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Periodical article Periodical article Leiden University catalogue Leiden University catalogue WorldCat catalogue WorldCat
Title:Regional Spirit Shrines and Ethnic Relations in Guinea-Bissau
Author:Crowley, Eve L.ISNI
Year:1998
Periodical:Africana Journal
Volume:17
Pages:27-39
Language:English
Geographic term:Guinea-Bissau
Subjects:African religions
cults
shrines
Peoples of Africa (Ethnic Groups)
Ethnic and Race Relations
Religion and Witchcraft
Politics and Government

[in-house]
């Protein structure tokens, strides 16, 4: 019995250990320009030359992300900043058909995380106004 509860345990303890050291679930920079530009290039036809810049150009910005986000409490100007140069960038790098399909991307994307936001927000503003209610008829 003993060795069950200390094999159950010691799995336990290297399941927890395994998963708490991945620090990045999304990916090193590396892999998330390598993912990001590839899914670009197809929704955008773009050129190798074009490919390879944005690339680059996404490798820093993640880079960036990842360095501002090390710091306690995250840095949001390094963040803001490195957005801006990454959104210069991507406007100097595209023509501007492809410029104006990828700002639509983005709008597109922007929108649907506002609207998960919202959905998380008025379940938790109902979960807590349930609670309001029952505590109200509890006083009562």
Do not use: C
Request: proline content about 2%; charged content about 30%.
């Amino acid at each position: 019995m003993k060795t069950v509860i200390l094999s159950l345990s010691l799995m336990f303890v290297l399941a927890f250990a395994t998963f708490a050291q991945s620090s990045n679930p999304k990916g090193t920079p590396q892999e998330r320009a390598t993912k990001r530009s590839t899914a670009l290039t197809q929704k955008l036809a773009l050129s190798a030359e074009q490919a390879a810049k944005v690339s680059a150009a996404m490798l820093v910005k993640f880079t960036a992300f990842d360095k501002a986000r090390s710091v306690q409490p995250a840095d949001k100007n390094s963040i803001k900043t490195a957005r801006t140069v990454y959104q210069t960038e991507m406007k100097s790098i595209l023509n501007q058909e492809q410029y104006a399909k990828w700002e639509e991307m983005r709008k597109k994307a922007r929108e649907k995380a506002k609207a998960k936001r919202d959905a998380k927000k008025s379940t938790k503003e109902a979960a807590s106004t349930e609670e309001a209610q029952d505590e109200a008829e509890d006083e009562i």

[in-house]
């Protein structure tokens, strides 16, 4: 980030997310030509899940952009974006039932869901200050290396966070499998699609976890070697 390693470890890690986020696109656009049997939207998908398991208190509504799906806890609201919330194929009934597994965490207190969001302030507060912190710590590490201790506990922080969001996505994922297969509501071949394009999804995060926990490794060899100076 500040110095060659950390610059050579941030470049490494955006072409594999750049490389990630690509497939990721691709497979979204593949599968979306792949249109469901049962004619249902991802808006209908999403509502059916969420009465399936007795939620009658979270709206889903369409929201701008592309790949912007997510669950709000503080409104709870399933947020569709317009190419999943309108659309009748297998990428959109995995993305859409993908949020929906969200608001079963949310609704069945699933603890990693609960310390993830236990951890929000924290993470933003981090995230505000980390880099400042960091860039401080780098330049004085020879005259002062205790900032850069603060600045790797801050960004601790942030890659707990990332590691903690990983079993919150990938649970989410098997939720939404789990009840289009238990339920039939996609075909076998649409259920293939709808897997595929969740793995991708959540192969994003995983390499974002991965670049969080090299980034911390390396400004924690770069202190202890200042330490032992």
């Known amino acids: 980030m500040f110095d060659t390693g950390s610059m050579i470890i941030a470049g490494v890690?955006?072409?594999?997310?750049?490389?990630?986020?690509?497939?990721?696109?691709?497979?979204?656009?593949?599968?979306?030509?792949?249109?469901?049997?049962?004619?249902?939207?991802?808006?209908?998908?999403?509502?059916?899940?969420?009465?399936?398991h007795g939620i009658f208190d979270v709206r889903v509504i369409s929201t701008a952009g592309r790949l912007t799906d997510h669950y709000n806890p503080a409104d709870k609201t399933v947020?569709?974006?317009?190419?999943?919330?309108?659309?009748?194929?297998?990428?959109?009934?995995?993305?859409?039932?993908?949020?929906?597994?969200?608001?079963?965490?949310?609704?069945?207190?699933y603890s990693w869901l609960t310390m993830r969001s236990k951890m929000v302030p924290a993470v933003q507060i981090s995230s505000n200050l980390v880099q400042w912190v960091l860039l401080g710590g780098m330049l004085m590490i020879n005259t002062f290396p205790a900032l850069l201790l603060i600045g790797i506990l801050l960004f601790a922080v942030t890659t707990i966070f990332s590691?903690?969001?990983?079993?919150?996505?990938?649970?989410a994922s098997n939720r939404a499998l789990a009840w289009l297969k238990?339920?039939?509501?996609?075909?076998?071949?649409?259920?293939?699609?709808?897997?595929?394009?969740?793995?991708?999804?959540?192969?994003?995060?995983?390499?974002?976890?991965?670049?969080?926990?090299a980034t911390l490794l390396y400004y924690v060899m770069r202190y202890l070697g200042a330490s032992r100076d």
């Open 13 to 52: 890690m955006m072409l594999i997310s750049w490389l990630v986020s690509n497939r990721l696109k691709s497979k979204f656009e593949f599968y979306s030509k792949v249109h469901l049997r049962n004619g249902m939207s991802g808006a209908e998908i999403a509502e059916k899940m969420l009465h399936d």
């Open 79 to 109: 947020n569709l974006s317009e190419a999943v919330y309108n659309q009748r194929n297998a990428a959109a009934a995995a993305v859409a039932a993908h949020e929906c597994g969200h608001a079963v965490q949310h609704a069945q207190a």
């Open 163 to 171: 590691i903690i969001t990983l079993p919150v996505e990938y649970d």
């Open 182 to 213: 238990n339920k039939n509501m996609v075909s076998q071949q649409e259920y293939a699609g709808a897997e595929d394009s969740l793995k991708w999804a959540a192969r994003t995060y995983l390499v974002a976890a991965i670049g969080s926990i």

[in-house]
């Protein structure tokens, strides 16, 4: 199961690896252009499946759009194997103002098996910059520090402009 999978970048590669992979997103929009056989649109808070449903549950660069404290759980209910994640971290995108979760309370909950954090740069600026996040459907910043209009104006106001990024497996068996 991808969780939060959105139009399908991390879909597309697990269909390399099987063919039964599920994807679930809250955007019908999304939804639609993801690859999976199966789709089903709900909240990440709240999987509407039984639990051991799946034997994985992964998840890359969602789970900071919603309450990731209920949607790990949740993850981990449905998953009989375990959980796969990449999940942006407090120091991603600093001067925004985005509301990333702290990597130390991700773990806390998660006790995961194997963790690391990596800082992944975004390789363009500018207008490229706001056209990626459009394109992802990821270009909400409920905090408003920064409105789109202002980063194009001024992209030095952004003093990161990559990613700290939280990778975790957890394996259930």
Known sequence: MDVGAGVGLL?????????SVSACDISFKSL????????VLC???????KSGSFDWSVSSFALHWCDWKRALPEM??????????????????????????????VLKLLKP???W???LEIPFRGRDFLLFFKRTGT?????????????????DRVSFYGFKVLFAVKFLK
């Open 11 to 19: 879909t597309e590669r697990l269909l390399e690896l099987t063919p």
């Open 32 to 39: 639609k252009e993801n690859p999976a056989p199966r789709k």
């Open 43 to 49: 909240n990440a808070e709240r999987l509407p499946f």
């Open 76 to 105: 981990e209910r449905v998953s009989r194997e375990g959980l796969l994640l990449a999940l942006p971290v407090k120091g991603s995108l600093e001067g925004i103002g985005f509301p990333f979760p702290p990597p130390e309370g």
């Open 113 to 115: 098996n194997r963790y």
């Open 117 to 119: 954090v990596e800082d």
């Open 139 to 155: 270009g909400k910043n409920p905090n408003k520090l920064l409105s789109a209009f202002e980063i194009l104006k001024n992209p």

Abstract:Sixty percent of the population of Guinea-Bissau are non-Islamic, non-Christian 'spiritists' or spirit worshippers, often referred to as 'animists' or 'pagans'. Based on data collected at one particularly popular regional spirit shrine, Mama Djombo of Cobiana, with references to other shrines in the Cacheu region, Biombo, and Bissau where research was conducted in 1986-1987, the author describes spiritism and its range of influence, and attempts to account for the multiethnic regional appeal of spirit shrines. For the scattered, expatriate coastal peoples of Guinea who recognize the impact of spiritism and its system of causality on their daily lives, Mama Djombo serves as a common ritual domain which binds them to their homelands. The religion's diffuse, nonhierarchical structure, which lends itself to easy replication in other areas particularly by way of satellite shrines, facilitates broad access to the spirits' powers. General familiarity with the notion of exchange involved in spirit consultations also encourages wide participation by defining adherents to spiritism by contract rather than doctrine. These contracts involve clients in an inclusive system of thought, oriented towards explaining and resolving misfortunes and supported by spiritist, Islamic and Christian diviners alike. Spiritism has also gained a certain popularity through its role in historical events, particularly the liberation struggle. Notes, ref.
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